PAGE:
US President Joe Biden is highlighting billions of dollars in his giant bipartisan infrastructure deal to pay for the installation of electric vehicle chargers across the country, an investment he says will go a long way to curb planet-warming carbon emissions while creating well-paying jobs.
Mr Biden on Wednesday visited a General Motors plant in Detroit that manufactures electric vehicles, and drove a battery-powered Hummer. He accelerated enough to make the wheels squeal and the truck to jet forward.
"Anyone wanna jump in the back?" Mr Biden asked.
He used the occasion to make the case that the $7.5 billion in the new infrastructure law for electric vehicle chargers will help America get “off the sidelines” on green-energy manufacturing.
Currently, the US market share of plug-in electric vehicle sales is one third the size of the Chinese EV market.
“Up until now, China has been leading in this race — that’s about to change,” Mr Biden said.
“We’re going to make sure that the jobs of the future end up here in Michigan, not halfway around the world.”
Big bill becomes law
“It’s a big deal,” Mr Biden declared as he signed the bill into law at a White House ceremony on Monday.
Republicans, even some of those who voted in favour of the infrastructure package, are criticising Mr Biden for being preoccupied with electric vehicle technology at a time when Americans are contending with a spike in gasoline and natural gas prices.
Senate Republican leader Mitch McConnell took to the Senate floor on Tuesday to make the case that “the Biden administration doesn’t have any strategic plan to snap its fingers and turn our massive country into some green utopia overnight".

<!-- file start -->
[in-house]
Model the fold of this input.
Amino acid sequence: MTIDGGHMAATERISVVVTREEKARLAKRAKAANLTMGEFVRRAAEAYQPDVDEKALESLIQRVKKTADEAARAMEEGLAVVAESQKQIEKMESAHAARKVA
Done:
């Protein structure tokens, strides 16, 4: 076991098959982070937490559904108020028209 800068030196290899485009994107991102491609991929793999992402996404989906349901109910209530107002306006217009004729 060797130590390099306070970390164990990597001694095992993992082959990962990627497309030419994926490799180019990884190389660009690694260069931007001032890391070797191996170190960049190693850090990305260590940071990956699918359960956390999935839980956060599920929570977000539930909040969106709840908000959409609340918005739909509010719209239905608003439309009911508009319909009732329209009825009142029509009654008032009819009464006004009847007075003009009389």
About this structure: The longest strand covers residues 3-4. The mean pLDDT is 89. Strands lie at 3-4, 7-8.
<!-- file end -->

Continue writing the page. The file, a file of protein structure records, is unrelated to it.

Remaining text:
“They just want to throw boatloads of government money at things like solar panels and electric vehicles and hope it all works out,” said Mr McConnell, one of 19 Republican senators who voted in favour of the infrastructure bill.
He added: “American families are staring down the barrel of skyrocketing heating bills and the Democrats’ response is to go to war against affordable American energy.”
White House Press Secretary Jen Psaki has stressed that the administration is looking at “every tool in our arsenal” to combat high gasoline prices, saying that Mr Biden and his economic team are “quite focused” on the issue.
The GM plant that Mr Biden will visit was scheduled to be closed in 2018 as the carmaker tried to shed excess factory capacity to build sedans as buyers shifted towards SUVs and trucks. But the plant, which had built cars with internal combustion engines since it opened in 1985, was rescued a year later and designated Factory Zero to build zero-emissions electric vehicles.
Currently, the 381,000-square-metre plant, which straddles the border between Detroit and the enclave of Hamtramck, is making pre-production versions of the electric GMC Hummer pickup truck.
Next year, it will start making a Hummer electric SUV. The plant will start cranking out the Origin, an electric vehicle for GM’s Cruise autonomous vehicle subsidiary, in 2023, and an electric Chevrolet Silverado pickup at an unspecified date.
The plant will not see much direct impact from the infrastructure spending, but it will benefit from $7.5bn for the electric vehicle charging network.
Mr Biden wanted $15bn to build 500,000 chargers and has not given a number for how many could be constructed for half that amount.
It is probable that $7.5bn will not be enough. The International Council on Clean Transport says the US will need 2.4 million charging stations by 2030 if 36 per cent of new vehicle sales are electric. Currently there are about 45,500 charging stations nationwide with about 112,000 plugs.
Mr Biden is hoping to do even more to promote electric vehicles, including a provision for a $7,500 tax credit for consumers who buy electric vehicles through 2026 that has been floated as part of his proposed $1.85 trillion social services and climate bill.